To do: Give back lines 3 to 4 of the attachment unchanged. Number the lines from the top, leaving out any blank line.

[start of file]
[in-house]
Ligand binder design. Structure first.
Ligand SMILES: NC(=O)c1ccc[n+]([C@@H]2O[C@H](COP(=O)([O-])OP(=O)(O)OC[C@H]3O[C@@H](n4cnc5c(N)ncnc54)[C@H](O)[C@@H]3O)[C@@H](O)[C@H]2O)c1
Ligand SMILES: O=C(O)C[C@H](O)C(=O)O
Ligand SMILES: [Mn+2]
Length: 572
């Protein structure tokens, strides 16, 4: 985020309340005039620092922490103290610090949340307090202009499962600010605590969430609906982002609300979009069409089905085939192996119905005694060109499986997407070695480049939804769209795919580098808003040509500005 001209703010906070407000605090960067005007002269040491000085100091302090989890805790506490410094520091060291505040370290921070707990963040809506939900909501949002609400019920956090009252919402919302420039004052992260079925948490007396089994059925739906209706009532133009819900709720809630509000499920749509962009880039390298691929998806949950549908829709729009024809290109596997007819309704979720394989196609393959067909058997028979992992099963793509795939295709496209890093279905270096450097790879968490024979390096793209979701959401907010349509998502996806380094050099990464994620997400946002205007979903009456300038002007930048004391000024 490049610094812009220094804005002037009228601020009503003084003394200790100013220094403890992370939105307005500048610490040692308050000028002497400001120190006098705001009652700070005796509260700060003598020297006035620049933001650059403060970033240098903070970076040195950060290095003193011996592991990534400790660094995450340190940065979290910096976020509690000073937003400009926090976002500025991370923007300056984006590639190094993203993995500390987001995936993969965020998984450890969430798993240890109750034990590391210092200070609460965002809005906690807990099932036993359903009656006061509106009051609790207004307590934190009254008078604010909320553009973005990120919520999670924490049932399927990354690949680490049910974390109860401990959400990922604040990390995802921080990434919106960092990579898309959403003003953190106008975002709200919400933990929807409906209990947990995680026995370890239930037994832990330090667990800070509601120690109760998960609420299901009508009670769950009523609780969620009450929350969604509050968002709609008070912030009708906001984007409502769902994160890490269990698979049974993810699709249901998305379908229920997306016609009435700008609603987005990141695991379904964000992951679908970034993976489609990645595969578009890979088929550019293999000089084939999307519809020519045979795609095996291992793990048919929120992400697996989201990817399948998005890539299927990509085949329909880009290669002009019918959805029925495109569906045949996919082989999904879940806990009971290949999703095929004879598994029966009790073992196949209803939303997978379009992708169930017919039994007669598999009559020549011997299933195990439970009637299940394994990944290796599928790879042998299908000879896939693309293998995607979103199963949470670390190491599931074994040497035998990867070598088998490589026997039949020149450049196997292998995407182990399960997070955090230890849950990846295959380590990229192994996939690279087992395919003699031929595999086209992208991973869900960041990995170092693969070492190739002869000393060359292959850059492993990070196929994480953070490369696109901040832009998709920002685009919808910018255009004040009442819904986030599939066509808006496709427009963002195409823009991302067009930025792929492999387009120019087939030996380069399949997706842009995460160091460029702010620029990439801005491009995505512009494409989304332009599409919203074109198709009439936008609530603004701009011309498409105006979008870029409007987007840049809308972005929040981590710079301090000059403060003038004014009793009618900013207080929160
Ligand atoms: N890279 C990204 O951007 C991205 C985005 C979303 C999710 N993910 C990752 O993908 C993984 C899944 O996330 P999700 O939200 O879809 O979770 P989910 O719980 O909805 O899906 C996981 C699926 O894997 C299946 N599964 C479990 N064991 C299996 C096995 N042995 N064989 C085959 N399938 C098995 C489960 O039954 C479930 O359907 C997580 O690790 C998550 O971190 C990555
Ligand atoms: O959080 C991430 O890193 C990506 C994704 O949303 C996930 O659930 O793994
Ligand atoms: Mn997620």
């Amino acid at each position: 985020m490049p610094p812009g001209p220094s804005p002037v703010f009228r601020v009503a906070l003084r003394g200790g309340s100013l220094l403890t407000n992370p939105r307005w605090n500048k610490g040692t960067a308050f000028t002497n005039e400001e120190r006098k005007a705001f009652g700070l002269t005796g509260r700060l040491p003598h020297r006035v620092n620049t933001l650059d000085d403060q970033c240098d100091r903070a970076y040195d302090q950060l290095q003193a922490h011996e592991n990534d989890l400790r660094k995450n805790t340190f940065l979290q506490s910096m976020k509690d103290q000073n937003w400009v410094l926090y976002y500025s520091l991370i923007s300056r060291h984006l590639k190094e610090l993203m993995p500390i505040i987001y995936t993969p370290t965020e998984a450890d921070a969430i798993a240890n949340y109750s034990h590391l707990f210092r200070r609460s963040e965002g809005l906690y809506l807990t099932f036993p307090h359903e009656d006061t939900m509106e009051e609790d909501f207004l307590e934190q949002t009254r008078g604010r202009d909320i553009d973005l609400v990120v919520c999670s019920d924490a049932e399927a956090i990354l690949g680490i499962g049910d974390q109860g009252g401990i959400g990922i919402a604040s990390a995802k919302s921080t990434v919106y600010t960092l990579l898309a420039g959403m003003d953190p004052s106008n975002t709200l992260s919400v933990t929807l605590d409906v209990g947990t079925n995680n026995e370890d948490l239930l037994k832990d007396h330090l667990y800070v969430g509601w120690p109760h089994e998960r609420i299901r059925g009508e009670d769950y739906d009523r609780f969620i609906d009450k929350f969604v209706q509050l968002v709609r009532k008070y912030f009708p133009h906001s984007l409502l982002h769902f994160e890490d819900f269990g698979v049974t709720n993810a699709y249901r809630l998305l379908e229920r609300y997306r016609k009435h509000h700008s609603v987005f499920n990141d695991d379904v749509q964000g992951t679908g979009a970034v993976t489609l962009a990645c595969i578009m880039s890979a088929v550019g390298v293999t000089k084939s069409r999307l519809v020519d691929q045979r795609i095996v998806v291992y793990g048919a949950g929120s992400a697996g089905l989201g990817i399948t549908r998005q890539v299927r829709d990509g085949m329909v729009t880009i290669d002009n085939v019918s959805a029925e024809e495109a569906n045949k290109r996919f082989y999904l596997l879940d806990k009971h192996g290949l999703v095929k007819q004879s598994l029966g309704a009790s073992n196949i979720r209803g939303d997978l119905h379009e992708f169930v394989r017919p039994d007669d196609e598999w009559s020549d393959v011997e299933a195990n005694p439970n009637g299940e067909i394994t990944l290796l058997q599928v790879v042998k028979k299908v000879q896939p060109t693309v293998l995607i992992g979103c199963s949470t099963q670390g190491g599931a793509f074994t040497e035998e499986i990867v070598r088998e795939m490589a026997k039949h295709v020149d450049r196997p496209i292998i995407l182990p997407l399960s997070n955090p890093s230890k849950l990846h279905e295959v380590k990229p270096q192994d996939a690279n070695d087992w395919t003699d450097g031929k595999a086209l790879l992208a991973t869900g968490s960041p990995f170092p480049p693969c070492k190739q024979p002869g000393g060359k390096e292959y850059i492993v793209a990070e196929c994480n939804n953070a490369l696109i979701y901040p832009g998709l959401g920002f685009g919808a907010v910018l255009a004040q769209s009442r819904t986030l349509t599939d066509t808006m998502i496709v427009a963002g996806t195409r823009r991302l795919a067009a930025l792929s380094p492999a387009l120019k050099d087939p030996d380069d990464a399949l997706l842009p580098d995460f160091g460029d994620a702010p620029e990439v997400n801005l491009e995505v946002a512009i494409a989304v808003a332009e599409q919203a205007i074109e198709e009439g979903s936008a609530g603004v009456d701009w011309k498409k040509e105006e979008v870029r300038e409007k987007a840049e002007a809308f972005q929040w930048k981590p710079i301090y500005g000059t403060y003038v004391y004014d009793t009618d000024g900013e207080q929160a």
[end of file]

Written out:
Ligand SMILES: NC(=O)c1ccc[n+]([C@@H]2O[C@H](COP(=O)([O-])OP(=O)(O)OC[C@H]3O[C@@H](n4cnc5c(N)ncnc54)[C@H](O)[C@@H]3O)[C@@H](O)[C@H]2O)c1
Ligand SMILES: O=C(O)C[C@H](O)C(=O)O